Exxaro on Friday dumped troubled Group Five just days after the construction and engineering company imploded and filed for bankruptcy. Photo: Reuters

JOHANNESBURG – Diversified mining group Exxaro on Friday dumped troubled Group Five just days after the construction and engineering company imploded and filed for bankruptcy. 

Johan Meyer, Exxaro’s head of projects and technology, said on Friday that the group had decided to terminate its agreement with Group Five Construction subsidiary Group Five Projects. “It is indeed a sad day, as more than 750 contract workers will be impacted by this decision,” Meyer said.

Group Five, whose shares were priced at R45 five years ago, traded at 89 cents before their trade was suspended last Tuesday after 45 years on the JSE.

Exxaro said it had appointed Group Five Projects last April to construct a small coal plant as part of the Grootegeluk Plant 6 (GG6) expansion project at its flagship Grootegeluk mine near Lephalale in Limpopo.  

The GG6 expansion is a R4.8 billion, 1.7 million-ton-a-year project. The first semi-soft coking coal is expected to be produced in the 2020 financial year. 

The project is expected to help Exxaro supply the Medupi power station.

Exxarro said that, barring unforeseen incidents, the Group Five Projects’ scope was due to be completed at the end of May. It said the decision to terminate the agreement would result in a delay in the project.

“Exxaro has notified Group Five of its decision and has embarked on discussions to mitigate the business impacts arising from this very sad situation. In the meantime, Group Five Projects workers and subcontractors have moved off-site,” the company said.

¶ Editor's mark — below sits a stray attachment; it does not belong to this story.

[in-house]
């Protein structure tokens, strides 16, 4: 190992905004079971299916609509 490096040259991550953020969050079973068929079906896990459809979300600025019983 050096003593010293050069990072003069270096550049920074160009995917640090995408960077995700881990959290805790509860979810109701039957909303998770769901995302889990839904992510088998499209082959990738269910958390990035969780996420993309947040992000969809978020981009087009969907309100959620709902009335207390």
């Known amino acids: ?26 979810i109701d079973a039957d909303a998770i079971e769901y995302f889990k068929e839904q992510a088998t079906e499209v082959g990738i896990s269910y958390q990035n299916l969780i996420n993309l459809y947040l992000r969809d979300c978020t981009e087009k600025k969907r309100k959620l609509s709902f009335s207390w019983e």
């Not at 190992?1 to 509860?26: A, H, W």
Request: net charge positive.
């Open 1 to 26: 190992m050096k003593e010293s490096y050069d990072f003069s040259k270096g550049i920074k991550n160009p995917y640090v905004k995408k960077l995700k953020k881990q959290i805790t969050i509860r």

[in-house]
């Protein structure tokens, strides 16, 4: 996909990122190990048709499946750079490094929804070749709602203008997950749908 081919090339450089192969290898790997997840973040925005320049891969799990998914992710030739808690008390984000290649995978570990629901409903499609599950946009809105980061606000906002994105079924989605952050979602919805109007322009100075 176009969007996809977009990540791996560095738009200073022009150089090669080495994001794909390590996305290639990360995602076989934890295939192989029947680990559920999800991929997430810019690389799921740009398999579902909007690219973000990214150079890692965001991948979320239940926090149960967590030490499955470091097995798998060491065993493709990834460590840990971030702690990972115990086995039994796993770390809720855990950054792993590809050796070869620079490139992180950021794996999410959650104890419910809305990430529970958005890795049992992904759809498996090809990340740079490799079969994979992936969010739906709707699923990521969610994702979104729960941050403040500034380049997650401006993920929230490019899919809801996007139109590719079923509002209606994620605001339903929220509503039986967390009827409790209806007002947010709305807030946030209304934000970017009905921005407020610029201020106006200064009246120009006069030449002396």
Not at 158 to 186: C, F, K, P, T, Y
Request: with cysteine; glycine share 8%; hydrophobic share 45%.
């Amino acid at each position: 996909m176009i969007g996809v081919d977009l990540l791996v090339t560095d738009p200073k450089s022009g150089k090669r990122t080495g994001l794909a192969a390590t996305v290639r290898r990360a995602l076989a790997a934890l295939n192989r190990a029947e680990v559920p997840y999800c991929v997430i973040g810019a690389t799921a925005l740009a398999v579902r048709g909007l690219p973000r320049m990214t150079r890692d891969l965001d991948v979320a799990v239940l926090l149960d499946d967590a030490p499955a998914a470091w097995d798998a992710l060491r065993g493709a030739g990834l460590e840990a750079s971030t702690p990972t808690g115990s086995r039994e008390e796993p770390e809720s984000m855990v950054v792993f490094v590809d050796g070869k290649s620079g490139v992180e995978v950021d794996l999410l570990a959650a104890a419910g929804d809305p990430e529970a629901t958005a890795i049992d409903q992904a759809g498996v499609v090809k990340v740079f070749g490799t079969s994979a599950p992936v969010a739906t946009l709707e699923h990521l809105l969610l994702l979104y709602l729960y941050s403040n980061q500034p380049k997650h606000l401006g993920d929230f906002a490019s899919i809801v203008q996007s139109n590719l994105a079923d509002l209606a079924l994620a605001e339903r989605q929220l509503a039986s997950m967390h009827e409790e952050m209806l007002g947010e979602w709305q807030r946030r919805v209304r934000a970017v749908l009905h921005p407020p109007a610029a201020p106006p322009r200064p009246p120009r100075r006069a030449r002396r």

Group Five has grappled with dire financial straits, with the company acknowledging an estimated cash flow shortfall of R2.39bn for 2019, after it suffered negative cash flows from operating activities of some R800 million in 2018.

Group Five directors said last week that certain projects were under-priced, which resulted in these projects being loss-making.

Its cash flow difficulties were exacerbated when more than $100m (R1.44bn) in guarantees relating to its Kpone gas- and oil-fired power project were called in late last year. 

The $106.5m contract guarantee became payable in November, while R350m of additional loan finance could not be secured.

Last week, Group Five said R3.6bn was estimated to be enough to fund working capital requirements until December 2019. This included R230m to pay severance packages to an as-yet-undetermined number of employees, and the money required to make debt payments to lenders that had provided a R650m loan last April.

On Friday, Group Five business rescue practitioners Peter van den Steen and Dave Lake said: “We are in the process of assessing all contracts. Teams and clients will be informed of the status of each project and the way forward as a matter of urgency.

“We have confirmed with teams that sites should not be de-mobilised until there has been engagement from Group Five representatives, and that the safety and stability on project sites are our priority.

“We are committed to manage this process in an orderly fashion, as we do understand this is a very uncertain time for all stakeholders.”

Exxaro rose 0.62 percent on the JSE on Friday to close at R165.31.

BUSINESS REPORT